BP, Gazprom Hold Talks Over Kovykta

BP chief executive Tony Hayward flew into Moscow on Monday and held talks with Gazprom chief Alexei Miller on the companies' stalled deal over the Kovykta gas project, as well as potential international cooperation, Gazprom said in a statement.

The talks came as a source close to Gazprom warned on Monday that the Kovykta deal was at risk because the company could not agree with TNK-BP on historical costs.

"It has been a systematic problem. If it goes on like this, the deal scenario will change," the source said.

"By the way, we were supposed to sign the deal before Dec. 1, so the agreement has de facto expired. And no new deal has been reached."

Gazprom and TNK-BP, a 50-50 joint venture between BP and a trio of Russian businessmen, have twice delayed completing the sale. BP, Gazprom and TNK-BP also plan to set up a joint venture with at least $3 billion of assets.

The meeting between Hayward and Miller had been arranged at the two men's last meeting, on Nov. 29, said Vladimir Buyanov, a spokesman for BP in Moscow.

Marina Dracheva, a spokeswoman for TNK-BP, denied that the meeting -- the third between the two men in the space of one month -- implied a potential change in ownership structure at TNK-BP.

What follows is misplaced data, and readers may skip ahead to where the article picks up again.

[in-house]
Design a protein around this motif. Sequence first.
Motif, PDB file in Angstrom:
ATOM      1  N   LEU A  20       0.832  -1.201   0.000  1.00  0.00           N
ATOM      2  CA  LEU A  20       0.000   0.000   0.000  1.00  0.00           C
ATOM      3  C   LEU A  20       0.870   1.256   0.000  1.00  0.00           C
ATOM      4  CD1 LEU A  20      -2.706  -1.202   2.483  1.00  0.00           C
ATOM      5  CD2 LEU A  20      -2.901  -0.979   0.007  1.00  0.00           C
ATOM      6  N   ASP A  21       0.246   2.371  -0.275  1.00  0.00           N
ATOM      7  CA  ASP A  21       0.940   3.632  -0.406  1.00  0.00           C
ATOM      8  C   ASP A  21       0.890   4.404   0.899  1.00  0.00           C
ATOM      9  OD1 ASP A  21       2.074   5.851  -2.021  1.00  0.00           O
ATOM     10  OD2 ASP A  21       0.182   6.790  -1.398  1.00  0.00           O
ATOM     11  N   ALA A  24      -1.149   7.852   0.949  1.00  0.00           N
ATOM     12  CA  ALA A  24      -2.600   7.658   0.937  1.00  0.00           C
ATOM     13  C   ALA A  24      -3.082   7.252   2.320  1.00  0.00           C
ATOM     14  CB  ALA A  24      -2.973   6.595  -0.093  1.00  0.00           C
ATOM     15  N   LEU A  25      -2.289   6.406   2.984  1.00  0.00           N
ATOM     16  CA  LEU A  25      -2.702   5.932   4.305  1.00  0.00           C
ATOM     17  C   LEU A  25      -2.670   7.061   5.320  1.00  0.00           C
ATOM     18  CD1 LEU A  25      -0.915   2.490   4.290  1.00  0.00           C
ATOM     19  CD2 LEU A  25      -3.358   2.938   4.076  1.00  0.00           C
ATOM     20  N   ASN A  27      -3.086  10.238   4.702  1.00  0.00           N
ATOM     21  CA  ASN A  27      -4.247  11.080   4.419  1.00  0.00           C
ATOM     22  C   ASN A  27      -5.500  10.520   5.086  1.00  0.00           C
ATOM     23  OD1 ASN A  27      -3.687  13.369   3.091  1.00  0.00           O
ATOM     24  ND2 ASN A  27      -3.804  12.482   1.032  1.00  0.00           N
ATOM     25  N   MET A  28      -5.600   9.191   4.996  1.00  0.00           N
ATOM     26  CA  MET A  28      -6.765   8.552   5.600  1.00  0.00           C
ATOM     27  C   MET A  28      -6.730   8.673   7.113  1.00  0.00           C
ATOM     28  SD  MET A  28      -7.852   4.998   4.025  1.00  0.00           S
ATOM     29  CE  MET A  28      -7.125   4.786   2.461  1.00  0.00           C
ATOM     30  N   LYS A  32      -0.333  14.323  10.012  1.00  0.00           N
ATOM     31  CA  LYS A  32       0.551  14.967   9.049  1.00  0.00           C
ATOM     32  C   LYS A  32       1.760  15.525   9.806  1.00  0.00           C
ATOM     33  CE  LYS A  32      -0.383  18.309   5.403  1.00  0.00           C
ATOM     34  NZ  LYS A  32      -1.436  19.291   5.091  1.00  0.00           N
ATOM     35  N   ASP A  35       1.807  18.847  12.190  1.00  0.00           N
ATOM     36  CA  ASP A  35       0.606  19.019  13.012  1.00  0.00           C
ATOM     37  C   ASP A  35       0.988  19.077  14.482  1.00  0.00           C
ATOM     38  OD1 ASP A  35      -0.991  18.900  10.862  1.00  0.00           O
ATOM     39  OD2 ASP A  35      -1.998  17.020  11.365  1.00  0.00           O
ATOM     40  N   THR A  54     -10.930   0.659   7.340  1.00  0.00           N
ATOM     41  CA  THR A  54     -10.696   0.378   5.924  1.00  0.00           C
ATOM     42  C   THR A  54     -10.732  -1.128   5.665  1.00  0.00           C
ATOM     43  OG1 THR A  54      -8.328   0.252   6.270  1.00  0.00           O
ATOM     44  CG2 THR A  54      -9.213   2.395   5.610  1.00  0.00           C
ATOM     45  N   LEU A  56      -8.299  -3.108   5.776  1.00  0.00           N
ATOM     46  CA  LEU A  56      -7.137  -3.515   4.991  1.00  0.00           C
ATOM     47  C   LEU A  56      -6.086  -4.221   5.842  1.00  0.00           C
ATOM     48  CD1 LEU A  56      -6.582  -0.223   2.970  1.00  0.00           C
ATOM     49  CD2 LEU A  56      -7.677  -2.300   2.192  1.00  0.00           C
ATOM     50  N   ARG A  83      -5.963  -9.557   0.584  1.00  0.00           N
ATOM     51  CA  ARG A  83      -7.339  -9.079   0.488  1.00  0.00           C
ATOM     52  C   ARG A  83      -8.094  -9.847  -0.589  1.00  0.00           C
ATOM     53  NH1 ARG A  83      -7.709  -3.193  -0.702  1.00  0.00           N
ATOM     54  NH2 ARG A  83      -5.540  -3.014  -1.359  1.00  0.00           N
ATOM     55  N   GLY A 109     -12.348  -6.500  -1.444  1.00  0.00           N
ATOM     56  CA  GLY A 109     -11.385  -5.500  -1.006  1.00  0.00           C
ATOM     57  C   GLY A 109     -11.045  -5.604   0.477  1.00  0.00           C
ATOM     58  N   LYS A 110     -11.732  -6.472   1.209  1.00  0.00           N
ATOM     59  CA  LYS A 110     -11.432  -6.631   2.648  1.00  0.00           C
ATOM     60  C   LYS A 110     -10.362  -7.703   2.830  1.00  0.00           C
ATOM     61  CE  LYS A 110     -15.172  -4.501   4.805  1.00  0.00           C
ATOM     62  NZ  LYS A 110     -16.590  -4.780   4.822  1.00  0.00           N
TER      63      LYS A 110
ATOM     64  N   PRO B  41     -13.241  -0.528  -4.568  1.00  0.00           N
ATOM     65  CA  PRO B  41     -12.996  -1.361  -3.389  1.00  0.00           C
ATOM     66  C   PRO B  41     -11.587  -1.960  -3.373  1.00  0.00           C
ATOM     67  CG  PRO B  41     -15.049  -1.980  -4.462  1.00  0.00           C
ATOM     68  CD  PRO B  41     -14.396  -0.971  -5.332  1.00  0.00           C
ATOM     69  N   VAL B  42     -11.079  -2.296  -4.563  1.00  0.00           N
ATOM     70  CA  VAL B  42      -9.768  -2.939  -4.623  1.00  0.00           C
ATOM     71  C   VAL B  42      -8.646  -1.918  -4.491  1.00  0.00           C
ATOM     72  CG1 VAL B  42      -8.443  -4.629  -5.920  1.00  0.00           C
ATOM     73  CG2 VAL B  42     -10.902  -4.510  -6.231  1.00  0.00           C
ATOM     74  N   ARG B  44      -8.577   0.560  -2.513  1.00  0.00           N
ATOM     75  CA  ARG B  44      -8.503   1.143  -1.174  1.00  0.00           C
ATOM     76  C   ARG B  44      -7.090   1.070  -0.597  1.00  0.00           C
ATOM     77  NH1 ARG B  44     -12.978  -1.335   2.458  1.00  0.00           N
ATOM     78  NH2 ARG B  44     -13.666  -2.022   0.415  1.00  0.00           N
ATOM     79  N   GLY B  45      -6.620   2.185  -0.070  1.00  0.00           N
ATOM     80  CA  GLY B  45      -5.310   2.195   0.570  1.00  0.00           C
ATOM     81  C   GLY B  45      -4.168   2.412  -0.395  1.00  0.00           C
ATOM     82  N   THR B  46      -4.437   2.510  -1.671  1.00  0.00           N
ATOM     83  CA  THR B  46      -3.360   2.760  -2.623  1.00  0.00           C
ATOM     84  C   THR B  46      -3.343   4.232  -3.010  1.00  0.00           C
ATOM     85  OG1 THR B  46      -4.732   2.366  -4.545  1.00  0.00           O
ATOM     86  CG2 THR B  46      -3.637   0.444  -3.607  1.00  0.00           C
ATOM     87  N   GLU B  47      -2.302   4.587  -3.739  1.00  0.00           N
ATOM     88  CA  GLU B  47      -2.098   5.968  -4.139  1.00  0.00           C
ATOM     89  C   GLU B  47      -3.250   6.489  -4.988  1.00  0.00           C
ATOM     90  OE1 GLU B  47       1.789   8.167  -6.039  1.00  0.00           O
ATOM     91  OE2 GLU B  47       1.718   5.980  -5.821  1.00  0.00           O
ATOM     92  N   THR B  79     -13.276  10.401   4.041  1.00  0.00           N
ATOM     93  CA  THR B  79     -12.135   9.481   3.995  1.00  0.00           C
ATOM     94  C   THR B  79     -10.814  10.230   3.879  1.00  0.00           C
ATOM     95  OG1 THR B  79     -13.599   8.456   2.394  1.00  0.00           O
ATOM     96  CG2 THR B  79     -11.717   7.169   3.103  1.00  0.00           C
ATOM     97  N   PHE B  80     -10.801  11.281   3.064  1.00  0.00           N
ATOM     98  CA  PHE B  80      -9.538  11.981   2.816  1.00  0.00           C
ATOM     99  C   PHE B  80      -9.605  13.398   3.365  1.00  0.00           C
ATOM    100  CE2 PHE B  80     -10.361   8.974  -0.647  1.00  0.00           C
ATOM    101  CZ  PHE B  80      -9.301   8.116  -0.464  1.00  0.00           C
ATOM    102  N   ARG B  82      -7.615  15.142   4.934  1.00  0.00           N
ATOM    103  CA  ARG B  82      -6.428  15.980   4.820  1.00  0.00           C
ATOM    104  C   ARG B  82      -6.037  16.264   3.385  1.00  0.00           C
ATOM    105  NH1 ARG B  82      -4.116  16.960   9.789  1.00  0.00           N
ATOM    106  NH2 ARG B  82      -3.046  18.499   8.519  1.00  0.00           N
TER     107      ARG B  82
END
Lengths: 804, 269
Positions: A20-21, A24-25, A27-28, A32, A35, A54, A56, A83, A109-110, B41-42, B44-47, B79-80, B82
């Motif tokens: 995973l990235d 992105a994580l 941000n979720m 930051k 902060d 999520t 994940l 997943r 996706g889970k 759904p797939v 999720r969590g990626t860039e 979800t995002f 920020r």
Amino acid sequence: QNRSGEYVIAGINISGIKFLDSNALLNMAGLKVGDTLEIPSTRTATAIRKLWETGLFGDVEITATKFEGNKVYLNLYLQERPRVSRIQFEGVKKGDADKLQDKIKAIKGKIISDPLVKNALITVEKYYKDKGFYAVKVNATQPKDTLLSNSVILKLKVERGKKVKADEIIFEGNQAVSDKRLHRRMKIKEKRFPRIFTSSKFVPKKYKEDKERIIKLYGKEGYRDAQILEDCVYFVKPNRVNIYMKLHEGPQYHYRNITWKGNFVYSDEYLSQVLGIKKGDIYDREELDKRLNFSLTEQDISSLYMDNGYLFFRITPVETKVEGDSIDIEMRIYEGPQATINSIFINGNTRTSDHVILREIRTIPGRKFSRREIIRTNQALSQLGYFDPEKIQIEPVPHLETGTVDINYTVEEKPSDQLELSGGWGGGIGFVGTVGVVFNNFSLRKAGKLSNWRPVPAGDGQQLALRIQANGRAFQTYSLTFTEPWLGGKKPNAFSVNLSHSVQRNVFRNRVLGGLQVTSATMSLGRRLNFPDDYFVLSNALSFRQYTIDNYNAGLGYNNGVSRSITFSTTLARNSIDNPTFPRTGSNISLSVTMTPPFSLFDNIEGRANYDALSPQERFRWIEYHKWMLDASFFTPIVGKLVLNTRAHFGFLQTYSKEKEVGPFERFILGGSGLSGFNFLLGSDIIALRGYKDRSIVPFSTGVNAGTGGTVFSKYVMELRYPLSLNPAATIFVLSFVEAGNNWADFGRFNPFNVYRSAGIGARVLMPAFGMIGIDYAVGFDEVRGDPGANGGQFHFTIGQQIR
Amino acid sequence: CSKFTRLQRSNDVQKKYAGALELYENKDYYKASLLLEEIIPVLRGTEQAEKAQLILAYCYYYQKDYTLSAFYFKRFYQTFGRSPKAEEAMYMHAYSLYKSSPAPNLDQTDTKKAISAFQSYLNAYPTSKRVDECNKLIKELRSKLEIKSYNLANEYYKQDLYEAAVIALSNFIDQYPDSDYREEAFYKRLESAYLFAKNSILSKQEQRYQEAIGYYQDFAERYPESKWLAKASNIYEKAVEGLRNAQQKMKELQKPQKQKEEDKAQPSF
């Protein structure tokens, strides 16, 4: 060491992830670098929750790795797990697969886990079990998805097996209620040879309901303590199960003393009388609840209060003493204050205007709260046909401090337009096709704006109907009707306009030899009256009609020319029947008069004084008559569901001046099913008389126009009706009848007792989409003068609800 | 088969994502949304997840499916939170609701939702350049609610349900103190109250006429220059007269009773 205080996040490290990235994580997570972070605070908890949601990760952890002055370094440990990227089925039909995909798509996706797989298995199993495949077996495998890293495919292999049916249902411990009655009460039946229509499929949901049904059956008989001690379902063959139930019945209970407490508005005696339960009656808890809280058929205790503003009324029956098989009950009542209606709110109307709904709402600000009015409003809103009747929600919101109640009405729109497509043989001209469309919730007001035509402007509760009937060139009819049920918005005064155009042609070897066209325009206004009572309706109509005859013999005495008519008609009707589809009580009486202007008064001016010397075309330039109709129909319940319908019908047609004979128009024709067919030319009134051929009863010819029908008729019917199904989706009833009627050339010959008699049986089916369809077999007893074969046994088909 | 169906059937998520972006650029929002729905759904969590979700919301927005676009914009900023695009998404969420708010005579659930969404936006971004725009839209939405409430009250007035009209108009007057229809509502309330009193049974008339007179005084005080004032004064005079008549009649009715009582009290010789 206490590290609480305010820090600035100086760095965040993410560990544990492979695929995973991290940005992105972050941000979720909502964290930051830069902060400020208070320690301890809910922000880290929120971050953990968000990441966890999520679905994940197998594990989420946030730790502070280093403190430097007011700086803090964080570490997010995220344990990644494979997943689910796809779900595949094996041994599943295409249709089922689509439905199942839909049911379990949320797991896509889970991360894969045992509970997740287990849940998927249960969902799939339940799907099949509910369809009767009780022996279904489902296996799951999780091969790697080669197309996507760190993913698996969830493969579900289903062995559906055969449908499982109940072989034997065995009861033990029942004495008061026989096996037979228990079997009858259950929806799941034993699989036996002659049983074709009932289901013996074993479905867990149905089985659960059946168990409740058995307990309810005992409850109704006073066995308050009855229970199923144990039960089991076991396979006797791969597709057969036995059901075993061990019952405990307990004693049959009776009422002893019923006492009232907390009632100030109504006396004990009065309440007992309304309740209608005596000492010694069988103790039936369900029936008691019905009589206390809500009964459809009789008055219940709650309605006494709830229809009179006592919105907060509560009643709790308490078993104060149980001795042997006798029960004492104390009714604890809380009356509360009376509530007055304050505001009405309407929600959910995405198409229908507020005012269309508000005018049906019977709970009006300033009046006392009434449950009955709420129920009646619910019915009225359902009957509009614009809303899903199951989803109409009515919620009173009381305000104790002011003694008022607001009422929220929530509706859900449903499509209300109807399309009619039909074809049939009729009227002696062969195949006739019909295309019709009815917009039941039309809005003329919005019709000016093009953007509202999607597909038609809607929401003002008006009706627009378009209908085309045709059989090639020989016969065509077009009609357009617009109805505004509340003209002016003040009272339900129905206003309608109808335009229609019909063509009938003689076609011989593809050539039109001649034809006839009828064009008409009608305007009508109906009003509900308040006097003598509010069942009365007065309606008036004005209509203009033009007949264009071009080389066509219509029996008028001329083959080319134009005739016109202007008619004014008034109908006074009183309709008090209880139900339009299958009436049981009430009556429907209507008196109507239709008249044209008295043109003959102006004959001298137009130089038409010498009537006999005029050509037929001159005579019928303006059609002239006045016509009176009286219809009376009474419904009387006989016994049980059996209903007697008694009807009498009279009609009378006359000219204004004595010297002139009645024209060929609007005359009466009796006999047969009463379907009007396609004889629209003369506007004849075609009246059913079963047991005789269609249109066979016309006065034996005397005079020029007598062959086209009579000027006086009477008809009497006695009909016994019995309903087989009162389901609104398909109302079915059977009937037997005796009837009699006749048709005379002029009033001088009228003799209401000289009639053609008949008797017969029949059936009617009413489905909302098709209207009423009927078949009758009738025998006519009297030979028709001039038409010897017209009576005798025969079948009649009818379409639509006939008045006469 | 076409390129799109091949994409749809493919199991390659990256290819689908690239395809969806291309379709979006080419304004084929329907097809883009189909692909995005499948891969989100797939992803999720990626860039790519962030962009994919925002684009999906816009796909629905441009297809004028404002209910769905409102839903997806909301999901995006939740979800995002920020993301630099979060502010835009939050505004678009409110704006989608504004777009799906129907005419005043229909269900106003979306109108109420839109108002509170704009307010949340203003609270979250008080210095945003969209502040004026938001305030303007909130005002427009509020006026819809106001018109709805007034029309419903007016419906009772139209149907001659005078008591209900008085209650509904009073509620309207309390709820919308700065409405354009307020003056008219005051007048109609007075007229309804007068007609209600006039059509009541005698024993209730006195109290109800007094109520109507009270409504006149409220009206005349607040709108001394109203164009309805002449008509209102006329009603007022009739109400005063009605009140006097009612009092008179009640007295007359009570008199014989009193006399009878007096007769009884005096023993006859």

"As the three-year lock-in period is nearing completion, we're not surprised at a new round of rumors," Dracheva said. Speculation has long been rife that Gazprom is hoping to buy out TNK-BP's three Russian shareholders -- Len Blavatnik's Access Industries, Mikhail Fridman's Alfa Group and Viktor Vekselberg's Renova -- when a buyout clause opens at the end of this year.

Alexander Medvedev, Gazprom's deputy chairman and head of Gazprom Export, said last month that TNK-BP's assets would fit well with Gazprom Neft's portfolio.

"If such an opportunity presents itself in terms of a proposal by certain investors then ... we will investigate this opportunity," he said at the time, adding that no proposal had yet been received.

Under the deal, struck in May, Gazprom was to buy control of Kovykta from TNK-BP and then sell 25 percent back to the company as part of a broader strategic pact.

The two companies have given different estimates of the deal, with Gazprom expecting to pay $600 million to $800 million and TNK-BP planning to receive $700 million to $900 million. The difference in expectations stems from varying ideas on how much has been spent on developing the field.

In November, Gazprom said completion had been postponed as it was talking to TNK-BP and BP on a broader range of issues.

TNK-BP had planned to export gas from Kovykta to China, but Gazprom opposed the plan, as it wants to build a rival pipeline.

Reuters, MT, Bloomberg